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TUCoPS :: Cyber Culture :: khackers.txt

Review of "Hackers" by Harvey Karten

 By Harvey S. Karten, Ph.D.
 United Artists
 Director: Iain Softley  
 Writer:  Rafael Moreau
 Cast: Jonny Lee Miller, Angelina Jolie

  In the beginning there was "War Games," during the stone
age of computer hackers, where Matthew Broderick changes
Ally Sheedy's grades and is rewarded with the starring role in
"How To Succeed In Business Without Really Trying."  And
"War Games" eventually begat "The Net" just after Sandra
Bullock was found hiding behind Peter Gallagher, Sylvester
Stallone and Keanu Reeves and made a star in her own right,
playing a computer nerd who never had her teeth cleaned
(she knew no one who could identify her except her shrink). 
And "The Net" begat "Hackers," which teaches us that
students from Manhattan's prestigious Stuyvesant High
School can get their diplomas doing more interesting things at
night than English homework.  (The school is called Stanton
High in the movie, but you couldn't fool the audience at a
recent screening, 90% of whom were students in the state-of-
the-art academy in New York's financial district, who yelled
their approval each time Andrzej Sekula's camera whirred
past the locker room, the bathroom, and the pristine halls.)

The story is perhaps the least important aspect of "Hackers,"
treading past familiar material--good guy meets villain (they
understand each other since they're merely opposite sides of
the same computer coin); boy meets girl (they dislike each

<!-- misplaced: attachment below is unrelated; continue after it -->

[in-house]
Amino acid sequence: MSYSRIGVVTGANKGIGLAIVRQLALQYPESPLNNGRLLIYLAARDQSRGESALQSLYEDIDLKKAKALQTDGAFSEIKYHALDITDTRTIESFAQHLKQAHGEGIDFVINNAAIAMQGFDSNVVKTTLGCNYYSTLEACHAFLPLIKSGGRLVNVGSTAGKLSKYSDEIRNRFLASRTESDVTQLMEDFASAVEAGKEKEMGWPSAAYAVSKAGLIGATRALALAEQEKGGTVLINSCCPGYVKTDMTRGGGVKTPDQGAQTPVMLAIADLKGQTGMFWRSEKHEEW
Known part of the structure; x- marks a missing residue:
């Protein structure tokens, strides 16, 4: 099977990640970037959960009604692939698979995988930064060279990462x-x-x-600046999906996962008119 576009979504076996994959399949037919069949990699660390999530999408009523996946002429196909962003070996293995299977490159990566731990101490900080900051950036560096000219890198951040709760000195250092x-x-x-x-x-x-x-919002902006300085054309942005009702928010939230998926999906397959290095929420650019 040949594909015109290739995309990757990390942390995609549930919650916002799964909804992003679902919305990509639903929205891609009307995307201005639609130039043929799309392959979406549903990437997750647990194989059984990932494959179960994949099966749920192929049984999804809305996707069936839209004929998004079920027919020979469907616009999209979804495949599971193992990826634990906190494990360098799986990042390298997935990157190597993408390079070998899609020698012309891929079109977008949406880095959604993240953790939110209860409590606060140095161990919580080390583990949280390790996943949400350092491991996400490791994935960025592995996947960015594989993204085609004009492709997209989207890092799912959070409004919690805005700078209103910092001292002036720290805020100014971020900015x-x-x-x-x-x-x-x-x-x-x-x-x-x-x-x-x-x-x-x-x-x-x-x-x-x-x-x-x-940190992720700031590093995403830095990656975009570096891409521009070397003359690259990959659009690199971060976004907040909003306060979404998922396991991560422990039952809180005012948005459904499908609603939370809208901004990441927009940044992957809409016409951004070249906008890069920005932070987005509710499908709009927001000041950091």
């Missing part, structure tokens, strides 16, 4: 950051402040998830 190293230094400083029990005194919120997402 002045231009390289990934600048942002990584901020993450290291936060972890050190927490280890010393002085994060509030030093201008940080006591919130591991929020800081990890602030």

other at first, but then...); high school geeks freak out midtown
Manhattanites at high profile places like Grand Central
Station, Central Park, the World Trade Center and the top of
the Empire State Building; and of course the pyramid of
cracked-up cars.  "Hackers" is all about special effects, really,
about how the upcoming generation of computer whizzes see
the world simultaneously as normal people do and as
computer nerds might--with a third eye, a sort of X-ray vision
that Superman would envy.  The FX team has conjured up a 
world of virtual reality where buildings are made of glass and
electrons traffic their byways faster than you could say "World
Wide Web."  It's befitting that the story line, such as it is,
keeps pace with the rolling circuitry, zooming image after
image past us so fast that we haven't a second to say, "Hey,
that doesn't make sense."  "Hackers" will cut some ice with
high school youngsters and with quite a few in the middle
grades: this is the audience it's aiming at.  Adults, with or
without computer skills, will find the hyperactive kids ultimately
irritating and the bad guy too much fun to take seriously. 

Jonny Lee Miller stars as a kid who has just transferred
reluctantly from Seattle to his new school in Manhattan.  He's
a bit long in the tooth to be a preppy and looks as if he's just
come off Lufthansa from Hamburg.   He's a dazzler in looks,
sure to appeal to the Seventeen set, and would you know that
he and Angelina Jolie (who looks androgynous but darn good
here) will shed their mutual dislike for better things once they
win the war against a cyberspace embezzler known as The
Plague (Fisher Stevens).  Writer Rafael Moreu got his ideas
from chillin' with the kids.  His vision of a society in which one
could bring down the stock market, turn all traffic lights green,
set off a sprinkler system inside a school, have an ATM spit
$700 on a sidewalk in an Idaho town, trash a credit card, fill
out a rap sheet for hundreds of moving violations, turn a
respectable mom into a wanted criminal, and expose a plot to
embezzle millions from a corporate headquarters to a private
Swiss account--all with a pocket-sized $2,000 machine--is
given stylish life by director Iain Softley.  Whether you're
comfortable in cyberspace or a downright computerphobe,
feel free to leave this flick strictly for the kids.  Rated PG-13. 
Running Time: 103 minutes.  (C) 1995 Harvey Karten

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